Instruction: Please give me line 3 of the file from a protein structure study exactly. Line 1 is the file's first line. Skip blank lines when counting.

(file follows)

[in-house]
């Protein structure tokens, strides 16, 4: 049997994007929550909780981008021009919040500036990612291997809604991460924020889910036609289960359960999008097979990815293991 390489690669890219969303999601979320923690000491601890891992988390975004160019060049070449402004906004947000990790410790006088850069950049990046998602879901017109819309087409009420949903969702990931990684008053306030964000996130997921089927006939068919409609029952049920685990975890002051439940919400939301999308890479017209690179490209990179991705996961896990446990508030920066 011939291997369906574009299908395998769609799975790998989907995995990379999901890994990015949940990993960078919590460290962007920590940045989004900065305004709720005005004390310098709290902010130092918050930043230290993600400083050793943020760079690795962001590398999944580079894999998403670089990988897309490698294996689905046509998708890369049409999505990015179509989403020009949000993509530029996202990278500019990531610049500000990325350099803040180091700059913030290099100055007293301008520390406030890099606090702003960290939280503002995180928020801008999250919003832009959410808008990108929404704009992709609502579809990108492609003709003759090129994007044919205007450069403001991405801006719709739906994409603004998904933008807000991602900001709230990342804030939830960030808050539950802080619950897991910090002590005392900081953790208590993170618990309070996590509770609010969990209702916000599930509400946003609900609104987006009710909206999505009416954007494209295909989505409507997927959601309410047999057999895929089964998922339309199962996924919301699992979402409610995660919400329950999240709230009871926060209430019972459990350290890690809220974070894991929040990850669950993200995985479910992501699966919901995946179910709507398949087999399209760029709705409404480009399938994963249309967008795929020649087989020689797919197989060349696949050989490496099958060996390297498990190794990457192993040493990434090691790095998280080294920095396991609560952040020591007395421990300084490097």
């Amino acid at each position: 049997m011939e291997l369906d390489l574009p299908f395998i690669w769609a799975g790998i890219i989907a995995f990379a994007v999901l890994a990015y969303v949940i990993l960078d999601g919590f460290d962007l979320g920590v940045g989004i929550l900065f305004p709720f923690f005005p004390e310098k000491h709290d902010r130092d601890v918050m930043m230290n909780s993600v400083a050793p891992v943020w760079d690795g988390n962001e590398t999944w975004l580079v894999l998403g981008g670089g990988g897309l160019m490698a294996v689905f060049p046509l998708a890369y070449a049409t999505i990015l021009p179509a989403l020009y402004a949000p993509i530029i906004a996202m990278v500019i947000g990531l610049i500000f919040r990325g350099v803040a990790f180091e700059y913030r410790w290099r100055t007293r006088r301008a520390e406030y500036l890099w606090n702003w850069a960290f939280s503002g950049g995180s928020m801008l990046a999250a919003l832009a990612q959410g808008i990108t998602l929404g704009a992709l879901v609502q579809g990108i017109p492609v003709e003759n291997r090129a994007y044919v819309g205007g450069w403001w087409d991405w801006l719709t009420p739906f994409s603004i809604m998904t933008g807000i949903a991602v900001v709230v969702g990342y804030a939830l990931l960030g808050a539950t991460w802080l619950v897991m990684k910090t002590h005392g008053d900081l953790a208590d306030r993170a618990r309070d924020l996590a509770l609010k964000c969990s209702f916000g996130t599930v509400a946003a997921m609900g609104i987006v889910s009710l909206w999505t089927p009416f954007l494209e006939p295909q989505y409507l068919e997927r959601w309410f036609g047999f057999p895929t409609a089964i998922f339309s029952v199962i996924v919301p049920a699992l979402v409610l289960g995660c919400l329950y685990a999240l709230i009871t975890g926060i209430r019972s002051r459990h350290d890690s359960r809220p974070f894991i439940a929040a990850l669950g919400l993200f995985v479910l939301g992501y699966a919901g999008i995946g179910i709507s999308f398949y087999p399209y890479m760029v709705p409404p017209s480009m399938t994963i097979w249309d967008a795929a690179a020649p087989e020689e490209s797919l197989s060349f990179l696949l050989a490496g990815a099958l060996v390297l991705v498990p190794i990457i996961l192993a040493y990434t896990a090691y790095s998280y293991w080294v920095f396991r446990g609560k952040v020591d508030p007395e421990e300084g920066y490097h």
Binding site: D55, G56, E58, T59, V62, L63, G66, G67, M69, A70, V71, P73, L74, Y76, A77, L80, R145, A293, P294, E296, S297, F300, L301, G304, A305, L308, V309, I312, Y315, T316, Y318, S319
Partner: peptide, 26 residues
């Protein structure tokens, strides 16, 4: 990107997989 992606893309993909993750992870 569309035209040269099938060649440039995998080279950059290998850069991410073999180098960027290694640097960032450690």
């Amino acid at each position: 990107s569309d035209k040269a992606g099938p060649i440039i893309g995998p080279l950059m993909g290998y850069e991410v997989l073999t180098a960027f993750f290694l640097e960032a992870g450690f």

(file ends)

């Amino acid at each position: 049997m011939e291997l369906d390489l574009p299908f395998i690669w769609a799975g790998i890219i989907a995995f990379a994007v999901l890994a990015y969303v949940i990993l960078d999601g919590f460290d962007l979320g920590v940045g989004i929550l900065f305004p709720f923690f005005p004390e310098k000491h709290d902010r130092d601890v918050m930043m230290n909780s993600v400083a050793p891992v943020w760079d690795g988390n962001e590398t999944w975004l580079v894999l998403g981008g670089g990988g897309l160019m490698a294996v689905f060049p046509l998708a890369y070449a049409t999505i990015l021009p179509a989403l020009y402004a949000p993509i530029i906004a996202m990278v500019i947000g990531l610049i500000f919040r990325g350099v803040a990790f180091e700059y913030r410790w290099r100055t007293r006088r301008a520390e406030y500036l890099w606090n702003w850069a960290f939280s503002g950049g995180s928020m801008l990046a999250a919003l832009a990612q959410g808008i990108t998602l929404g704009a992709l879901v609502q579809g990108i017109p492609v003709e003759n291997r090129a994007y044919v819309g205007g450069w403001w087409d991405w801006l719709t009420p739906f994409s603004i809604m998904t933008g807000i949903a991602v900001v709230v969702g990342y804030a939830l990931l960030g808050a539950t991460w802080l619950v897991m990684k910090t002590h005392g008053d900081l953790a208590d306030r993170a618990r309070d924020l996590a509770l609010k964000c969990s209702f916000g996130t599930v509400a946003a997921m609900g609104i987006v889910s009710l909206w999505t089927p009416f954007l494209e006939p295909q989505y409507l068919e997927r959601w309410f036609g047999f057999p895929t409609a089964i998922f339309s029952v199962i996924v919301p049920a699992l979402v409610l289960g995660c919400l329950y685990a999240l709230i009871t975890g926060i209430r019972s002051r459990h350290d890690s359960r809220p974070f894991i439940a929040a990850l669950g919400l993200f995985v479910l939301g992501y699966a919901g999008i995946g179910i709507s999308f398949y087999p399209y890479m760029v709705p409404p017209s480009m399938t994963i097979w249309d967008a795929a690179a020649p087989e020689e490209s797919l197989s060349f990179l696949l050989a490496g990815a099958l060996v390297l991705v498990p190794i990457i996961l192993a040493y990434t896990a090691y790095s998280y293991w080294v920095f396991r446990g609560k952040v020591d508030p007395e421990e300084g920066y490097h």